I have spent a lot of time the past few days thinking about how to find 100 to 1 winners in the stock market (see yesterday's post on this). I confess that Thomas Phelps' book, 100 to 1 in the Stock Market, had a profound effect on me. I have always taken a long view of stocks and have a much longer holding period than anyone else I know. However the idea of building multigenerational wealth by holding stocks basically forever is not something I have spent a lot of time thinking about. The book really reinforces the potential wealth impact of buying right and sitting tight for decades at a time. After some thought and discussion, here are the areas that I consider the best hunting grounds for 100 to 1 winners over your lifetime.
The first will come as no surprise to you. It's the small banks. Before you dismiss this as Melvin forcing a square rod into a round hole, let's consider the fact that Wells Fargo (WFC), M&T Bank (MTB) and Bank of the Ozarks (OZRK) have all been huge winners over the last 40 years. They became so through acquisition -- and those owners of the little banks that the big guys bought that held onto their shares have built an incredible amount of wealth. It took a lot of fortitude to hold the stocks all these years, but those that did have been rewarded.
Focusing on smaller banks in states that are projected to grow over the next several decades, like California, Florida and North Carolina, is a solid plan for investors hoping to participate in a multi-decade rollup of banks. The community banks will catch the eye of smaller regionals, who will then become the target of a larger regional -- and on up the ladder. The hard part will be holding the acquiring bank's shares all the way through the process. Banks like ASB Bancorp (ASBB), Banc of California (BANC) and Atlantic Coast Financial (ACFC) strike me a good way to get started on the journey.
Cybersecurity would seem to me to be a no brainer, given the valuation of most of the stocks in the sector. Stocks like Check Point Software (CHKP), Palo Alto Networks (PANW) and Fortinet (FTNT) all trade at healthy multiples right now. Since buying right is a huge part of the equation, you may have to wait for a bear market environment to buy these stocks. Life will continue to move online and into the cloud, and attacks from criminals and our global adversaries will become more frequent in the future, so a ton of money will be spent in this area -- and it will be permanent spending. I do like Kratos Defense & Security Solutions (KTOS) in this area, as they have a division that works in cyber defense and warfare. Unisys (UIS) is a pick, here, as well. They have a cybersecurity product that is well reviewed, and will be marketed to banks with what I think will be a great deal of success.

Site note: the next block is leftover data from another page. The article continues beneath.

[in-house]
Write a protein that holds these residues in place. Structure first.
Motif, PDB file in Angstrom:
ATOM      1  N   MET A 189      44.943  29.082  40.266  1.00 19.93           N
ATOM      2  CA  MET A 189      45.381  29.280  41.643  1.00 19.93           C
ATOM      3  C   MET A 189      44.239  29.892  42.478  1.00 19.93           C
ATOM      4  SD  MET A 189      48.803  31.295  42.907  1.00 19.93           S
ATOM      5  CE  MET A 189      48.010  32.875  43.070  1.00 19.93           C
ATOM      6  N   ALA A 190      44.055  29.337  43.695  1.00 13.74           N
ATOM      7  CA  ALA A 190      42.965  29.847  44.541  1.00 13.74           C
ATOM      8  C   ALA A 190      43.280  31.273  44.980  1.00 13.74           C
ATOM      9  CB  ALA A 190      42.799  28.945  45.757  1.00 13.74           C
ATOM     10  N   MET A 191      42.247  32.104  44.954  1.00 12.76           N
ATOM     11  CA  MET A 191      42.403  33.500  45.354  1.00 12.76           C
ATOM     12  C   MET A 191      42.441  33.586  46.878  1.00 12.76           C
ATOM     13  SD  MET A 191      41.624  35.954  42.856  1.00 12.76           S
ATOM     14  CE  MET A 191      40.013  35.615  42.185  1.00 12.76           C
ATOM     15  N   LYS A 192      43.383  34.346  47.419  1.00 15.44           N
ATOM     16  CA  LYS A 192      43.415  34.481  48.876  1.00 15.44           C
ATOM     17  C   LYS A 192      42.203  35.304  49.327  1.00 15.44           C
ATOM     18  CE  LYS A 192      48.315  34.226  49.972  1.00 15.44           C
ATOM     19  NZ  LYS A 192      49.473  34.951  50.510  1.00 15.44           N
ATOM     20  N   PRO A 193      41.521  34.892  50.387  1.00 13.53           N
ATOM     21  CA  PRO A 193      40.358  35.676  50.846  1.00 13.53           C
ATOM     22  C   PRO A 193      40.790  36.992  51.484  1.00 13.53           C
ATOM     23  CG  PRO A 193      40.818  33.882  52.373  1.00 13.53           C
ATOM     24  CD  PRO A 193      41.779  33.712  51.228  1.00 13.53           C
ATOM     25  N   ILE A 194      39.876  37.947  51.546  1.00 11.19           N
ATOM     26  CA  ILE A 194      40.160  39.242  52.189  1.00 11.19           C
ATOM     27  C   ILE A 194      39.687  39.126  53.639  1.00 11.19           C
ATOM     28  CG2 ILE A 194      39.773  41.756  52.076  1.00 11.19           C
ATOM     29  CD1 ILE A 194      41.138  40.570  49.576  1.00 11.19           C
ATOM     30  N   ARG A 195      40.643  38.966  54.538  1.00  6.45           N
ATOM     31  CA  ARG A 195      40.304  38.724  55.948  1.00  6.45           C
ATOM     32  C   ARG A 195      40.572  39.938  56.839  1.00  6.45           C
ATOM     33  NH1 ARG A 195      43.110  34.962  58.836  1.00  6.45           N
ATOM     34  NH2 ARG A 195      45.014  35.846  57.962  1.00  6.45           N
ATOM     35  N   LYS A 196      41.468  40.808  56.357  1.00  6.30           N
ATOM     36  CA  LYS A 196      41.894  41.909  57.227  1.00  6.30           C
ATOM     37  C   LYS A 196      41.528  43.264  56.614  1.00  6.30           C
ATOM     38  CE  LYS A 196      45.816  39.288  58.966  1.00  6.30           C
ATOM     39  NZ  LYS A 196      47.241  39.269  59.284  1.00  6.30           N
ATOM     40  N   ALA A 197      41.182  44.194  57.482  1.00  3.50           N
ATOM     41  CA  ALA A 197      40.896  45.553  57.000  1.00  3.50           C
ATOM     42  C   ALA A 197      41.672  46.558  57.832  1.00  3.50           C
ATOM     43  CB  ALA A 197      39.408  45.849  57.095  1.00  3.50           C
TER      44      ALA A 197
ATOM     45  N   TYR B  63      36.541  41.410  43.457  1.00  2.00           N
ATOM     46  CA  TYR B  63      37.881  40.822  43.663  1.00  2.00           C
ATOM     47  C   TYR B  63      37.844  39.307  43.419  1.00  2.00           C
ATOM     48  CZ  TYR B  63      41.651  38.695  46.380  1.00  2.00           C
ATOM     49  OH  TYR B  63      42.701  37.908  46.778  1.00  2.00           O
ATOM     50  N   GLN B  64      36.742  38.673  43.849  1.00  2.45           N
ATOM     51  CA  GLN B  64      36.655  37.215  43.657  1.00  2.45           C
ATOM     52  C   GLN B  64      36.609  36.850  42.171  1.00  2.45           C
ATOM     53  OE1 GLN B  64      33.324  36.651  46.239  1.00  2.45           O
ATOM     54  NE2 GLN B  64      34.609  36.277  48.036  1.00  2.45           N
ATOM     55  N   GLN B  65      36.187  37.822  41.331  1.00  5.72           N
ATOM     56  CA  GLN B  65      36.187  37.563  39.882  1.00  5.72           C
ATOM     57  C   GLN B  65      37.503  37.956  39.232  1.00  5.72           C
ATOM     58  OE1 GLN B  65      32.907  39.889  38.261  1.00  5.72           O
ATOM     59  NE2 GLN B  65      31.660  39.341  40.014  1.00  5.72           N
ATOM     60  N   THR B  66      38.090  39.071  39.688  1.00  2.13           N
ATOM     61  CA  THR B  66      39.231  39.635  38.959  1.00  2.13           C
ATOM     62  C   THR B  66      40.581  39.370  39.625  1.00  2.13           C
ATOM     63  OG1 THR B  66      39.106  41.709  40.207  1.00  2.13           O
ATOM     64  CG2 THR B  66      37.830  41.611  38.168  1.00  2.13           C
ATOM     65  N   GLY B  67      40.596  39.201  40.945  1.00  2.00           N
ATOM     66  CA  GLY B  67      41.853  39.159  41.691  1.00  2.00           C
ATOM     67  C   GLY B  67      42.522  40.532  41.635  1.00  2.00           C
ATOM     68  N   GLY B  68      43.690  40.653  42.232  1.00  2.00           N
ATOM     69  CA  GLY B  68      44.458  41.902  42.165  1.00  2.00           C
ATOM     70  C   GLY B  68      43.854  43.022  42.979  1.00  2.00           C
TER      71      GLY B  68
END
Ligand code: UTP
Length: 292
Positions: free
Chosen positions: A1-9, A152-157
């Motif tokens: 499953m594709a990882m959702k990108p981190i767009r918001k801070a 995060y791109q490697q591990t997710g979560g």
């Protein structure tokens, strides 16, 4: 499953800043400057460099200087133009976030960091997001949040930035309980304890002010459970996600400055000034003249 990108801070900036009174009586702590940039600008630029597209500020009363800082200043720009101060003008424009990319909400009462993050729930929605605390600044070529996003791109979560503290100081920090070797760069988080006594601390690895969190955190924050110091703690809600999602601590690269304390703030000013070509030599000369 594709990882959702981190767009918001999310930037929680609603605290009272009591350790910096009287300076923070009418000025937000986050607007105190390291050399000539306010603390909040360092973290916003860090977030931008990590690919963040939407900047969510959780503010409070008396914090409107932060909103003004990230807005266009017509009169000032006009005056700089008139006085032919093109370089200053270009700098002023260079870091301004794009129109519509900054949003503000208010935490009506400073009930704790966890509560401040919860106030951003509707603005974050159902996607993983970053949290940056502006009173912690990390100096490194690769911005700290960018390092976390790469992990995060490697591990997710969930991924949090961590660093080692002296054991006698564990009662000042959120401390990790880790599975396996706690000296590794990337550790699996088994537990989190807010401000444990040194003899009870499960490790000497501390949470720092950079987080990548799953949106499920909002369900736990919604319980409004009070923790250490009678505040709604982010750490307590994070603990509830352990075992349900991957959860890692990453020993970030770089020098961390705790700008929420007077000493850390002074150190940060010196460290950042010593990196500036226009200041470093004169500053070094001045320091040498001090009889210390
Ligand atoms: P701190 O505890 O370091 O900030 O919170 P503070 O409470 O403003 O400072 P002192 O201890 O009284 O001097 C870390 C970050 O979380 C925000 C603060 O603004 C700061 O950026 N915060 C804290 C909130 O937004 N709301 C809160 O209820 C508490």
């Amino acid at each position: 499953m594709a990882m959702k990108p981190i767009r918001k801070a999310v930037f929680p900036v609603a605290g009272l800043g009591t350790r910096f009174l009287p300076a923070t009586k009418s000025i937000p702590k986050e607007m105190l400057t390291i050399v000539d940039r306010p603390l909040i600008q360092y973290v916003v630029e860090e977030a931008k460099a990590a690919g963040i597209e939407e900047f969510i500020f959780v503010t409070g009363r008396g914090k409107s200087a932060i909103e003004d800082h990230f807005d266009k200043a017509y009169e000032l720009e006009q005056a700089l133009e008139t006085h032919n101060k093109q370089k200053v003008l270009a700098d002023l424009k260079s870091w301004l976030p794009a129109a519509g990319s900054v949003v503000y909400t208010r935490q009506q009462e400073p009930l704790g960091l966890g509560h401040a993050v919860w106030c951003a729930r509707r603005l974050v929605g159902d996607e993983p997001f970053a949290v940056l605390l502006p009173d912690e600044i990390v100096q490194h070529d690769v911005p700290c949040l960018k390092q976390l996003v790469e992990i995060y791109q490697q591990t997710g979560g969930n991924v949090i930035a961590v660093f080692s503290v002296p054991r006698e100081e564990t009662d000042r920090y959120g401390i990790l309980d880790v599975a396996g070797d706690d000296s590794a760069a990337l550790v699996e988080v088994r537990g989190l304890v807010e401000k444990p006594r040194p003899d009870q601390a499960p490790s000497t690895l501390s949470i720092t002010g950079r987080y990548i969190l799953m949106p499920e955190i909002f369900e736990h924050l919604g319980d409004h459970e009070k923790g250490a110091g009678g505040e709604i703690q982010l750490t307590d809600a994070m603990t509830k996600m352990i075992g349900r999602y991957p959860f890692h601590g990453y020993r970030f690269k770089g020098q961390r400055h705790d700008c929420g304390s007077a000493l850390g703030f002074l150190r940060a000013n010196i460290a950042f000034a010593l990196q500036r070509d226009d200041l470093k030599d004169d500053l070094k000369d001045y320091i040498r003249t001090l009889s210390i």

Alternative energy has to be on the list, as that's the way the world is moving. But I have a tough time coming up with companies that I think will make the whole 40-year ride. I tend to agree with Bill Gates that we need a breakthrough technology before alternative energy becomes cost effective. I watch the space carefully, but until we get a breakthrough in storage and transmission I do not see a long-term play in the space. Some of the companies that make the carbon fiber used in windmills are a possible consideration, like Hexcel (HXL), but they are not cheap enough to buy right at the moment. I am not convinced that the 100-to-1 stocks in this space have been founded yet.
Pollution control is another industry that I think will be a growth leader over the next 3 to 4 decades. Global population is growing, and I see no reason it will not continue to do so. More people means mean trash, more carbon emissions and more water pollution. CECO Environmental (CECE) stands out as a company that is growing book value at a rate that can produce huge long-term winners.
Growing populations will also increase the demand for clean water. Companies that can help find, produce and deliver clean water should see the type of long-term growth that can produce 100-to-1 winners. Companies like Layne Christensen (LAYN), Northwest Pipe (NWPX) and Consolidated Water Company (CWCO) would seem to be likely candidates for a multi-decade portfolio of water-related stocks.
Thomas Phelps' book is one of the more thought provoking books I have read in years. Sitting down and thinking in terms of investing for decades in companies that should reap the benefits of social and demographic trends capable of producing these types of gains is intellectually -- and perhaps ultimately, financially -- very rewarding. I highly recommend that you read the book and conduct the thought exercise.